Virgin Gorda BVI Virgin Gorda History
The first residents in Virgin Gorda history to populate the area were the Ciboney, Arawak, and Carib Indians, who made a life throughout the first millennium AD by farming and fishing its abundant natural resources. Christopher Columbus was the first European visitor in Virgin Gorda history, spying what was to become the British Virgin Islands and touching down there on his maiden voyage in 1493, though no European nation chose to settle the unusual scattering of land masses until much later. A smorgasbord of notorious inhabitants, rather, called the area's coves home during this period in Virgin Gorda history - pirates, like Bluebeard and Captain Kidd used Virgin Gorda as a base from which to hound Spanish galleons that passed through the reef-laced waters on a regular basis.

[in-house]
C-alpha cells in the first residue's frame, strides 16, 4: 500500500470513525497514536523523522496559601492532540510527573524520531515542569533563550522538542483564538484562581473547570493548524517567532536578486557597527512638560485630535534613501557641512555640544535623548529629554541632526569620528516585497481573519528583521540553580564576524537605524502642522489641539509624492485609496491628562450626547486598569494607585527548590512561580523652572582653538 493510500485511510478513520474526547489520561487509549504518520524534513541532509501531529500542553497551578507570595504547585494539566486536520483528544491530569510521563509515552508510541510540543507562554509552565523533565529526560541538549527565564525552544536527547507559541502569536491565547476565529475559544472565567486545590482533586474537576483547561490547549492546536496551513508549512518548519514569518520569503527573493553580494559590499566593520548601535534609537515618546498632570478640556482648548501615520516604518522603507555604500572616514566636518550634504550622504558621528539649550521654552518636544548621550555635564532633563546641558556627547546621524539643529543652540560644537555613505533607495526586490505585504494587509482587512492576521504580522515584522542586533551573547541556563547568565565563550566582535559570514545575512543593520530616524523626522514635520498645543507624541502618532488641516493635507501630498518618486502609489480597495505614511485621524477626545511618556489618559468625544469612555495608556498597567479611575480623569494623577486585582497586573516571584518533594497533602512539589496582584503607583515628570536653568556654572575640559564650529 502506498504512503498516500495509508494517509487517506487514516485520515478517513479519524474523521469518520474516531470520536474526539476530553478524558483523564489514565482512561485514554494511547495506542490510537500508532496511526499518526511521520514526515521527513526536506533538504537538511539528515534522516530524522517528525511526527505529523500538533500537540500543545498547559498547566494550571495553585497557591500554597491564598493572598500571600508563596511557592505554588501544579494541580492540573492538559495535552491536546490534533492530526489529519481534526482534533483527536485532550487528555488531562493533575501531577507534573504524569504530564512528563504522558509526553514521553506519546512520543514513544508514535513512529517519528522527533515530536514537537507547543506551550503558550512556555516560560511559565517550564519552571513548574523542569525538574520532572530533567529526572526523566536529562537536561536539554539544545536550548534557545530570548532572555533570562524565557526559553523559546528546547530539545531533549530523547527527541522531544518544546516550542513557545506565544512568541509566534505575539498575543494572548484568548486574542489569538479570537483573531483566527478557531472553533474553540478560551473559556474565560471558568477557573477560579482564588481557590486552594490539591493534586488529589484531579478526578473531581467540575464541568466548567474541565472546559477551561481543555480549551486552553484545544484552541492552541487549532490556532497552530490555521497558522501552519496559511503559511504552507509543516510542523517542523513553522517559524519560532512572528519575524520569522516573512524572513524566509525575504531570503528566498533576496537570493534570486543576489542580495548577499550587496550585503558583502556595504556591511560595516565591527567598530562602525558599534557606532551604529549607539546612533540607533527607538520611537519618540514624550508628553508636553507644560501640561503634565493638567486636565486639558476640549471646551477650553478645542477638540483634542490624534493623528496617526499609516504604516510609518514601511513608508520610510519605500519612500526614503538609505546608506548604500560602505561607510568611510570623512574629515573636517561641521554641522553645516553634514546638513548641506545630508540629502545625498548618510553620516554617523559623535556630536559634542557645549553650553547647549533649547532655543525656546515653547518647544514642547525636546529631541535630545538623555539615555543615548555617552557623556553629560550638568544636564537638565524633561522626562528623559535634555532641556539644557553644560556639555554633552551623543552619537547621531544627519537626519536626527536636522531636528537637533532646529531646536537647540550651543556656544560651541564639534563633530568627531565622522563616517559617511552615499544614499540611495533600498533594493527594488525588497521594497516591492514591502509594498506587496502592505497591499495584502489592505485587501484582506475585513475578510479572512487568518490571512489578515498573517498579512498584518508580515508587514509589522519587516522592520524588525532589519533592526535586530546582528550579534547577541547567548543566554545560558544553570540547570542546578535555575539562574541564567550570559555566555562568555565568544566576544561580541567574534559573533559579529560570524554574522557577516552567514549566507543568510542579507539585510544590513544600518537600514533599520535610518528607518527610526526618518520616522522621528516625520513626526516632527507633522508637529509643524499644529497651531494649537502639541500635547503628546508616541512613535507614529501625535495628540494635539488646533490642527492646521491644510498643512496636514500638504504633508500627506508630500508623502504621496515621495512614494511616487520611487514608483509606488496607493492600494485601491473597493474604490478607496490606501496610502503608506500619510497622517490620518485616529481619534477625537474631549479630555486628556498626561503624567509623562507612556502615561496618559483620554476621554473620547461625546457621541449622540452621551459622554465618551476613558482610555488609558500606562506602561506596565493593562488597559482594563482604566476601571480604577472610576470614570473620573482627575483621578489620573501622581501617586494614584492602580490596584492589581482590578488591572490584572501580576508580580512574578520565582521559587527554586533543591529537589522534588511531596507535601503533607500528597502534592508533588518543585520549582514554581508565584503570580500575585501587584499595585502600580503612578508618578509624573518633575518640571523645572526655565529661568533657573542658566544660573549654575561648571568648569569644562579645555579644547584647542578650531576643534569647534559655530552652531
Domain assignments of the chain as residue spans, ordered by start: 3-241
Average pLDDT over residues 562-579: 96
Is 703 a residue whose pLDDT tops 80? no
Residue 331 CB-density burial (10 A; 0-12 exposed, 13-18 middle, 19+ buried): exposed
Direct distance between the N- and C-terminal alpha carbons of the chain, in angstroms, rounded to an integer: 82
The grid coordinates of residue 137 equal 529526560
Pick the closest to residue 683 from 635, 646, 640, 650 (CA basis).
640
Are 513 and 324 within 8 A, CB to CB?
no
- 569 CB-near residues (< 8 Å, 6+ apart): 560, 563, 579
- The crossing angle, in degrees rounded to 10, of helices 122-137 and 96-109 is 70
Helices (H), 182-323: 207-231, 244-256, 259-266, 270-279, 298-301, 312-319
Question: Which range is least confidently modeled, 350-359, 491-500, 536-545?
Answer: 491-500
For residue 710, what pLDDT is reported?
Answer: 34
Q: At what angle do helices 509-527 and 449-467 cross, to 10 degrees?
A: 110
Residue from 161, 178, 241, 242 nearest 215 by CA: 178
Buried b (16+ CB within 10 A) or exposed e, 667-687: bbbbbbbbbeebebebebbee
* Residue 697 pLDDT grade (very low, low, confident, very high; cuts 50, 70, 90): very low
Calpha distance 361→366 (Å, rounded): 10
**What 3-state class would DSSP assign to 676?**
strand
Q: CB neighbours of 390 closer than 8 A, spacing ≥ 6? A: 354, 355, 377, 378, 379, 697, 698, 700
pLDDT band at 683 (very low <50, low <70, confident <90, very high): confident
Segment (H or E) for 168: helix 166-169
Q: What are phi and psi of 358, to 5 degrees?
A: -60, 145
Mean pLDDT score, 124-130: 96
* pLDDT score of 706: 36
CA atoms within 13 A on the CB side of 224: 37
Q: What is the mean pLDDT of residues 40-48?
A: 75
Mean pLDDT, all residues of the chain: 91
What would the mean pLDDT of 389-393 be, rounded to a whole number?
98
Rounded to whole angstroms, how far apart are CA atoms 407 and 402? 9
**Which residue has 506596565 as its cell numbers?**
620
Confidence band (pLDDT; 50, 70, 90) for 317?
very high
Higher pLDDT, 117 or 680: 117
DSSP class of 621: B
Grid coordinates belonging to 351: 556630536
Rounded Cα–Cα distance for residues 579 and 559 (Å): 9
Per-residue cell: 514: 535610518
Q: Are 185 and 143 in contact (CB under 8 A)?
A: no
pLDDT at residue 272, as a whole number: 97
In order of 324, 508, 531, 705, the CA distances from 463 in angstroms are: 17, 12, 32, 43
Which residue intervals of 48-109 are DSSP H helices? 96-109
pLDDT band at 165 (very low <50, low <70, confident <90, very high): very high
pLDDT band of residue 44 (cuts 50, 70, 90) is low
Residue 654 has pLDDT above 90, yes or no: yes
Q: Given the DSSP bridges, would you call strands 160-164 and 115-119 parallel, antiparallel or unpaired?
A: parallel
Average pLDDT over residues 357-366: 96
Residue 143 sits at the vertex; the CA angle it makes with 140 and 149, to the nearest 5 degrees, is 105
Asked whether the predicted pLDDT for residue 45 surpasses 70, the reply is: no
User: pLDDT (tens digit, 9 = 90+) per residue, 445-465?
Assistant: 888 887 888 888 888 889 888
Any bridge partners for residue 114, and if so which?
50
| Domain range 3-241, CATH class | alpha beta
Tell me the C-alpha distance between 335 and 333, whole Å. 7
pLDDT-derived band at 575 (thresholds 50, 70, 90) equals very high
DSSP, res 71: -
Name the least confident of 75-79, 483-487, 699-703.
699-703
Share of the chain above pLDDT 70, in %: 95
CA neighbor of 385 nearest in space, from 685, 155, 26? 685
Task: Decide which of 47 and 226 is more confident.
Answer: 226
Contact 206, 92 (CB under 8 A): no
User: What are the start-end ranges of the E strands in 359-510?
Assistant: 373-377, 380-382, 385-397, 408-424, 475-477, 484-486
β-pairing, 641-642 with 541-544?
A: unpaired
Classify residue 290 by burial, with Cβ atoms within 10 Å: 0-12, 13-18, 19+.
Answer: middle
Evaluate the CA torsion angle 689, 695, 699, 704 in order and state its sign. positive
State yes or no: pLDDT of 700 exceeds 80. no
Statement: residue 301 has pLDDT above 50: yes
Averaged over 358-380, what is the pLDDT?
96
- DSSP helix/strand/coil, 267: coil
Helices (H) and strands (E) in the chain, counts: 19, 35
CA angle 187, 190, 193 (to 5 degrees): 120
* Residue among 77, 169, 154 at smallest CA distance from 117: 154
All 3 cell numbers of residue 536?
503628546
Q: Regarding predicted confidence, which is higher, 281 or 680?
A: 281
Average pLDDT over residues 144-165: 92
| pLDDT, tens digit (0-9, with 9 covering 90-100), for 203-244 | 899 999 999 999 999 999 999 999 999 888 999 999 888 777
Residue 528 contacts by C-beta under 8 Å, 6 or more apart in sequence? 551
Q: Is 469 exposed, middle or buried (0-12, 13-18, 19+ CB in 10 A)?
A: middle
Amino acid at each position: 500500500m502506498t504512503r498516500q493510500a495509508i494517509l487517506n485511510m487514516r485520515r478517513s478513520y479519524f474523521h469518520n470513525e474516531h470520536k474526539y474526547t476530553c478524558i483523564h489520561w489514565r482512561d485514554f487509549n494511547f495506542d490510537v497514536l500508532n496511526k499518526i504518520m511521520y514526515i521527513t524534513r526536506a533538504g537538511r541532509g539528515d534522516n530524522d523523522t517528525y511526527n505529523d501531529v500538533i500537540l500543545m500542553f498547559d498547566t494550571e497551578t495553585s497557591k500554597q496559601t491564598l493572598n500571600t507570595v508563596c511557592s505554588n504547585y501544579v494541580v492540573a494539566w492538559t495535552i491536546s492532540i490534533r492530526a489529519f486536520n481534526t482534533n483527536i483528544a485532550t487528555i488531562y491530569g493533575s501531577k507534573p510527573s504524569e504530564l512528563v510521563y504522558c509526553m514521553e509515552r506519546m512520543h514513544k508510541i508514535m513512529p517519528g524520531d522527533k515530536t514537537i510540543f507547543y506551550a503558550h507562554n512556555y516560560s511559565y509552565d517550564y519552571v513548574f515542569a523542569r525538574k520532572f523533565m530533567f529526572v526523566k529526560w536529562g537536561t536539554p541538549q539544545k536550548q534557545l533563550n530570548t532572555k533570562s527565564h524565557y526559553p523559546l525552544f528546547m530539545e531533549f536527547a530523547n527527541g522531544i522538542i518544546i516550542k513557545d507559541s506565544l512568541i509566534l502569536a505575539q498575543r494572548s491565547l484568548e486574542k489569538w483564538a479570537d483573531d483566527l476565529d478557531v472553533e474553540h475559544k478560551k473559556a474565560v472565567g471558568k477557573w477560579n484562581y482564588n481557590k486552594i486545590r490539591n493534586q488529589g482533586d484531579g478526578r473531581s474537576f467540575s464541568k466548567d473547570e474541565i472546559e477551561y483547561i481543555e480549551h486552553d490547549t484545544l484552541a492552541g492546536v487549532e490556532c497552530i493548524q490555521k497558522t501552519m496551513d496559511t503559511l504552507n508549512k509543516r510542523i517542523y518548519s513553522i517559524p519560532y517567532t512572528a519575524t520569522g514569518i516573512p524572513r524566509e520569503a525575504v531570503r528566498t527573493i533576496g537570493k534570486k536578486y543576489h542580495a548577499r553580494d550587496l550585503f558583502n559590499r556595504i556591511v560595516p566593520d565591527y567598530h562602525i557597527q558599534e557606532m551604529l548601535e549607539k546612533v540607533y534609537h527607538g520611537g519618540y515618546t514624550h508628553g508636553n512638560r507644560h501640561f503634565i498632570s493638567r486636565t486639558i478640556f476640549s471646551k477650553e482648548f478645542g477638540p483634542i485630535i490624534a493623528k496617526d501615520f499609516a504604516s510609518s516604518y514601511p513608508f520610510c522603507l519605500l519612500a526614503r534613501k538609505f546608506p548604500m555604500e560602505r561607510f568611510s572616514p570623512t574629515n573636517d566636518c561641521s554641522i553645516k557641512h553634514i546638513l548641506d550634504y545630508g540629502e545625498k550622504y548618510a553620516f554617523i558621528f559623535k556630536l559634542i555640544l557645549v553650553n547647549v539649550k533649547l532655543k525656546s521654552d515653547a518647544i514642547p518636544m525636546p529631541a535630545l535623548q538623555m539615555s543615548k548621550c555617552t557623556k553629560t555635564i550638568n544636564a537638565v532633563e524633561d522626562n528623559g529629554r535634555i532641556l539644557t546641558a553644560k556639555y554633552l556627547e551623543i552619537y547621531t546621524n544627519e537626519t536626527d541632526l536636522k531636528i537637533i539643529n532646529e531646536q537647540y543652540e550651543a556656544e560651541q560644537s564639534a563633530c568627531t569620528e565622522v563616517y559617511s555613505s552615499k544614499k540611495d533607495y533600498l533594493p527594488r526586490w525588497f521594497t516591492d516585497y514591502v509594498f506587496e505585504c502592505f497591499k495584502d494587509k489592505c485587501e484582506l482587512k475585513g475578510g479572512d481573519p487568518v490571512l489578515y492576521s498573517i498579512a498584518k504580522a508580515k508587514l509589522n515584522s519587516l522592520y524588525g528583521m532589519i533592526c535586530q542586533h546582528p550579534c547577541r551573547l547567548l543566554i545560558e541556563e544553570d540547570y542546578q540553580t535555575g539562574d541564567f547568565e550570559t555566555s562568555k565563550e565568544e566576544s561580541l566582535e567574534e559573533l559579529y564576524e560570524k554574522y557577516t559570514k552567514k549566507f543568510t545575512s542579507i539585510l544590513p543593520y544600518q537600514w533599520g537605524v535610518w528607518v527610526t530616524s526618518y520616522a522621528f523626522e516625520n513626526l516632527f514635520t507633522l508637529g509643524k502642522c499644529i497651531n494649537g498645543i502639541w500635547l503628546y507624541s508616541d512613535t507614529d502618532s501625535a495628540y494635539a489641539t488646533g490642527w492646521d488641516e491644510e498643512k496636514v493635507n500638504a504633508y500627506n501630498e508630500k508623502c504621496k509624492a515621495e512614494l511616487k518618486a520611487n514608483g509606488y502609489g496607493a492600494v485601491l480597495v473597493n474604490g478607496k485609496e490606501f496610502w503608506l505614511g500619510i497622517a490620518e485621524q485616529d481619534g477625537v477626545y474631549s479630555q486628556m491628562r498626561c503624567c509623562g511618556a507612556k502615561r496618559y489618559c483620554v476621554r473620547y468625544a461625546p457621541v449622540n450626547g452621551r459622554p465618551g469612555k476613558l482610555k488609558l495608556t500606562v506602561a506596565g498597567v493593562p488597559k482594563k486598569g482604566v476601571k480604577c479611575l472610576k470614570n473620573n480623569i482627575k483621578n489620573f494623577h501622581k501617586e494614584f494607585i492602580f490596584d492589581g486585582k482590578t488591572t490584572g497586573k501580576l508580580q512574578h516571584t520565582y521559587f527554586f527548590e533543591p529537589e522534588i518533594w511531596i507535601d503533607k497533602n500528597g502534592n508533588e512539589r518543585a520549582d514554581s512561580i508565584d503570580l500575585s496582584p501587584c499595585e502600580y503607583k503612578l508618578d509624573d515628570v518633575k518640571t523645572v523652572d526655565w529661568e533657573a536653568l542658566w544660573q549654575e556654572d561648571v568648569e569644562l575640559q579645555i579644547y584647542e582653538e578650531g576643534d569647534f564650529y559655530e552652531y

Virgin Gorda history took a step into modernity when it was finally taken over by the British in the late 17th century, when a booming plantation sugar industry was established and the population of Virgin Gorda increased dramatically. Slavery was abolished by Britain in 1838, a momentous occasion in Virgin Gorda history but one which left a fractured economy floundering for decades. This was finally rectified when the development of modern travel and communications allowed offshore banking and tourism to take over the British Virgin Islands' economy, which led to some of the most amazing growth in Virgin Gorda history. Residents of Virgin Gorda now enjoy a high standard of living and value the benefits that a booming, though controlled, tourism industry has offered.
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